I recently started doing an online course called Apex Academy by David Liu. During the course, it is recommended to use MavensMate as the best IDE out there for Salesforce development. While I have still quite a ways to go developer wise, I can tell you for sure that MavensMate is the way to go.
Before I dive into what makes MavensMate so special, a couple notes on what makes every other option not so nice. First and foremost there is the development space inside SFDC that can be found by going to Setup and then searching for triggers or class depending on what you are trying to do. I have found this to be relatively useless, especially for a beginner because it is a blank slate, with no auto-fills or really any frills whatsoever. Second, you have the Developer Console. This isn’t a bad option, it has a bit color to indicate certain types of elements, but no autofill. Lastly, there is Force IDE from Eclipse, which in my honest opinion is the worst program I have ever tried to download. It took over an hour to get on my laptop, and way to much time to get it to do what I needed it to (I was just trying to access the metadata of an existing class).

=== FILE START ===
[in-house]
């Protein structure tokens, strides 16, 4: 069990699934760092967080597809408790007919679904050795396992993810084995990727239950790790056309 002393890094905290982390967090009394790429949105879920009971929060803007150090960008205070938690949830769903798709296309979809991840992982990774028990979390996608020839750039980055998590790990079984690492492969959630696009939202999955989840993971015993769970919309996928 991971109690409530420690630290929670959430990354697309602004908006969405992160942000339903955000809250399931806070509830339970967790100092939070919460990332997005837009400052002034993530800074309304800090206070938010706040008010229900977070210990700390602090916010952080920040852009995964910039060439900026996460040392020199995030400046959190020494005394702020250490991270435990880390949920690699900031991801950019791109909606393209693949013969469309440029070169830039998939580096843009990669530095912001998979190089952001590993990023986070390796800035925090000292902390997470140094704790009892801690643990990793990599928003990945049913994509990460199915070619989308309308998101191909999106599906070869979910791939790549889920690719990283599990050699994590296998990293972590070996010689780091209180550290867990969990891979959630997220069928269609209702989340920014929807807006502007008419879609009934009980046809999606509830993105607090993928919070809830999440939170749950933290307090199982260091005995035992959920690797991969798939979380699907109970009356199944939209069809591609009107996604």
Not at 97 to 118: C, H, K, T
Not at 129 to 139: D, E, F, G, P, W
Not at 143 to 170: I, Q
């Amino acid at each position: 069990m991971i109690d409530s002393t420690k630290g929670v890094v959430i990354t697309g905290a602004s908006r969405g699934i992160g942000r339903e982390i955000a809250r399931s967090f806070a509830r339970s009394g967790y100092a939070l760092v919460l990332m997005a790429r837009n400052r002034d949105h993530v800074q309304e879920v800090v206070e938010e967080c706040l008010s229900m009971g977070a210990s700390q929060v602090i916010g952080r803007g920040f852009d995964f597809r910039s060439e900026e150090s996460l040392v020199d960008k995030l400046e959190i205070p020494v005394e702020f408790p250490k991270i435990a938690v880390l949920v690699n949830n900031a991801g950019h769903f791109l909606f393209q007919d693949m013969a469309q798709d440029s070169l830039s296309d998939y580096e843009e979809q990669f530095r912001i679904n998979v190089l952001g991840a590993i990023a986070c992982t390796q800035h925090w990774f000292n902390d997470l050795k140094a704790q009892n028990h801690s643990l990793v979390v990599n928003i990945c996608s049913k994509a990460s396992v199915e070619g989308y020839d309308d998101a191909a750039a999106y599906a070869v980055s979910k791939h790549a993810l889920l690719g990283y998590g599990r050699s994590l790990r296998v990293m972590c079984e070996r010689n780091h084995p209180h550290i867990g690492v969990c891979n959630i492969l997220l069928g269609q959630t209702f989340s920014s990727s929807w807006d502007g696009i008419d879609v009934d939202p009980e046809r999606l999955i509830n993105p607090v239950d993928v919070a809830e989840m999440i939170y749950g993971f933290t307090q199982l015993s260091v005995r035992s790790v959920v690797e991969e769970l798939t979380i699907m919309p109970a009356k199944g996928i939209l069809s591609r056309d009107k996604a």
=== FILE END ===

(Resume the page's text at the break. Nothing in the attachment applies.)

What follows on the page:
Given all of that less than great stuff, I was so thrilled when I heard and then tried out MavensMate. So what is MavensMate? It is a project that has its own app that works in sync with programs such as Sublime and Atom. You basically get to use the editor you are already using and comfortable with (and have probably customized the heck out of) to code for Salesforce, how great is that?!
A couple other things I really like so far about MavensMate is the templates it gives you with the boilerplate code already there for you to get started (which is super helpful for a beginner) and the ability to run test classes directly out of the app.
Overall, I would give MavensMate an A+.
P.S. Come back later if you would like to see a review about the Apex Academy course I am taking.
8/22/2017 – The creator of Mavensmate will no longer be working or supporting the tool as he moves on to other projects. As such, within time (probably a few releases) we will need to find an alternative to this wonderful open sourced tool.